Sept. 28, 2018

Best of the States

How 65 women came to Kavanaugh's defense in a matter of hours

Within hours of their high school friend being accused publicly of sexual assault against a young woman 36 years ago, 65 women stepped forward to sign a letter supporting Brett Kavanaugh, whose nomination to the U.S. Supreme Court was now at risk.

Many in newsrooms asked themselves, how was it possible that 65 people could be marshalled so quickly to attest to someone’s moral character, including people who may not have seen Kavanaugh in decades. Reporters in four states, Jennifer Peltz in New York, Michael Kunzelman in Baltimore, Alanna Durkin Richer in Boston and Dan Sewell in Ohio, set out to reach every single one.

They learned that the campaign had started with phone calls among several high-school friends of Kavanaugh, and organizers used social media to expand their search.

The story, demonstrating AP's ability to marshal staffers across state lines on a tight timeline, was the top non-spot story of the week.

For their efforts, Shafner, Peltz, Kunzelman, Richer and Sewell share this week's Best of the States award.

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Oct. 29, 2021

Best of the Week — First Winner

AP investigation reveals police using force disproportionately against Black, brown children

When San Francisco-based data reporter Camille Fassett obtained a national dataset on police use of force, she and Washington-based law enforcement team leader Colleen Long pored over the numbers, looking for a new angle on the well-trod issue. Then investigative fellow Helen Wieffering hit on something — the data included numerous instances of force used against teens and kids.

Looking closer, what they found was stunning: 3,000 cases over 11 years where police used force against children, some as young as 6.

To put faces and voices to the numbers, the reporters spent months interviewing children, teens and parents. The team also secured police body camera footage that backed up the stories. The resulting package was a remarkable all-formats look at how Black and brown children are disproportionately affected by police force.For a deeply reported story that explores a little-recognized aspect of police use of force, the team of Fassett, Long and Wieffering is AP’s Best of the Week — First Winner.

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Oct. 05, 2018

Best of the States

Oklahoma Republicans targeted by GOP colleague, dark money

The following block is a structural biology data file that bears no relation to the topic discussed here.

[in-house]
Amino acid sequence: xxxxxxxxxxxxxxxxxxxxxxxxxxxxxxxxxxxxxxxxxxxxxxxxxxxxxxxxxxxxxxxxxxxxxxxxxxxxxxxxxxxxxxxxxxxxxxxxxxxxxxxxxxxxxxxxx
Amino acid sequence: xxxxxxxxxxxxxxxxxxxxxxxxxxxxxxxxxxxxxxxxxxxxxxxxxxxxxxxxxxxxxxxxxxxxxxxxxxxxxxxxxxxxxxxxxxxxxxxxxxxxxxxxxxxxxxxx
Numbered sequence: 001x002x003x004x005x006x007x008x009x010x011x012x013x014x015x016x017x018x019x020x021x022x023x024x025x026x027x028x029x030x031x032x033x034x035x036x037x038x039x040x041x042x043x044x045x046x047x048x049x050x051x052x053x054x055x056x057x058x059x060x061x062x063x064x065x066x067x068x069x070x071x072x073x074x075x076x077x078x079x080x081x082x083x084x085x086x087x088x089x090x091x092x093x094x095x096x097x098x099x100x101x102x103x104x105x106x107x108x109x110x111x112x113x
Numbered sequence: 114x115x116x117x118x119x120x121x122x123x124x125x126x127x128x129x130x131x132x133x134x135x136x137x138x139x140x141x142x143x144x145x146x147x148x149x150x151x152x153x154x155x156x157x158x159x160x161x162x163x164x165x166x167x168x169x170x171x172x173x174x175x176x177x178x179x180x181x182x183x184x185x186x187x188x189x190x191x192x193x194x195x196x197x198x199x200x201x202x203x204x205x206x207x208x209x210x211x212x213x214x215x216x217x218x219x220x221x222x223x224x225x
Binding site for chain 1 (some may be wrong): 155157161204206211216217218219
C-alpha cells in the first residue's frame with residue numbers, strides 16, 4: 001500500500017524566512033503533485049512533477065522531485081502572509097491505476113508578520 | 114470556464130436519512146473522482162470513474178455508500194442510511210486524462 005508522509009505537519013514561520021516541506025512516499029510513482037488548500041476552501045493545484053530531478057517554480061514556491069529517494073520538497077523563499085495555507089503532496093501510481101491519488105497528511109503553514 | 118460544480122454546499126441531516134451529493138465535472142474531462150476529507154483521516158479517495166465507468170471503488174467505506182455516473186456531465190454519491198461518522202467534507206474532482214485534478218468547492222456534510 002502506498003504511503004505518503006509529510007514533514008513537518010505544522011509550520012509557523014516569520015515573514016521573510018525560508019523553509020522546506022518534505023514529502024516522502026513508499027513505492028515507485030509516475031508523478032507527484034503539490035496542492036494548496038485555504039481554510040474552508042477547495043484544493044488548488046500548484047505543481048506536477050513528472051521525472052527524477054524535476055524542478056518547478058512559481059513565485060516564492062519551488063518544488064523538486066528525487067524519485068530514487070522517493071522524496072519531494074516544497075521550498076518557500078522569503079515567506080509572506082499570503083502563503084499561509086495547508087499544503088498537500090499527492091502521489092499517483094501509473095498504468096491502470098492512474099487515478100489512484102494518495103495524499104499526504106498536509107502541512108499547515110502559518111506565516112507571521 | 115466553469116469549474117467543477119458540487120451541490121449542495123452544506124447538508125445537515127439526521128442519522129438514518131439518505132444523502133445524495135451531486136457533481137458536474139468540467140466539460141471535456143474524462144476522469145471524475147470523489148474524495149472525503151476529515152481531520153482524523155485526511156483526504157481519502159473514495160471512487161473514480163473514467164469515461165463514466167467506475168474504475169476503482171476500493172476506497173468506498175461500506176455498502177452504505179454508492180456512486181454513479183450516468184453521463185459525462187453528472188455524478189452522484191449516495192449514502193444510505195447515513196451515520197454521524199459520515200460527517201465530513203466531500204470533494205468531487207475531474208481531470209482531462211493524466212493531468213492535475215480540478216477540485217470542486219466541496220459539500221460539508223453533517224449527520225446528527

Oklahomans widely assumed that 12 Republican state lawmakers who lost their bids for re-election came up short at the polls because of their opposition to raising pay for the state’s public school teachers.

While opposition to education funding may have been one factor in incumbent losses in the GOP primaries, Oklahoma City-based reporter Sean Murphy began hearing scuttlebutt about an organized effort from within the Republican Party to kick out incumbents from their own party.

Using campaign finance reports and solid sourcing at the Capitol, Murphy was alone in showing that the rumors were true.

Public records showed a top state House GOP leader had given money to opponents of two of his own colleagues, and the opponents unseated the incumbents. Murphy also leveraged a relationship developed over years of reporting to get the lawmaker to talk. He acknowledged a plan to punish fellow Republicans for taking hardline stances that forced a compromise with Democrats on a plan to raise taxes to pay for teacher raises.

For combining shoe-leather reporting with smart document work, Murphy wins this week’s Best of the States award.

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Dec. 16, 2022

Best of the Week — First Winner

AP spotlights remarkable rise of federal prison official accused of misconduct

Mike Balsamo in Washington and Mike Sisak in New York trained a lens on a single Bureau of Prisons official, Thomas Ray Hinkle, who received promotions across four decades despite repeated allegations of abuse, misconduct and even admissions by him that he’d beaten inmates in the past as part of a gang of guards called “The Cowboys.”

After being tipped earlier this year to Hinkle’s past, Sisak and Balsamo went about securing and scrutinizing 1,600 pages of documents that provided details of the allegations and developed key sources within the prisons system who corroborated the accusations. Finally, toward the end of the reporting process, they secured comment from Hinkle and the bureau, both of which acknowledged his previous excesses but said he was a changed man.

For a dogged and impactful investigation that caps a year in which their reporting has shaken the hierarchy of the federal prison systems and forced officials to confront abuses long out of public view, Balsamo and Sisak are Best of the Week 1st Winners.

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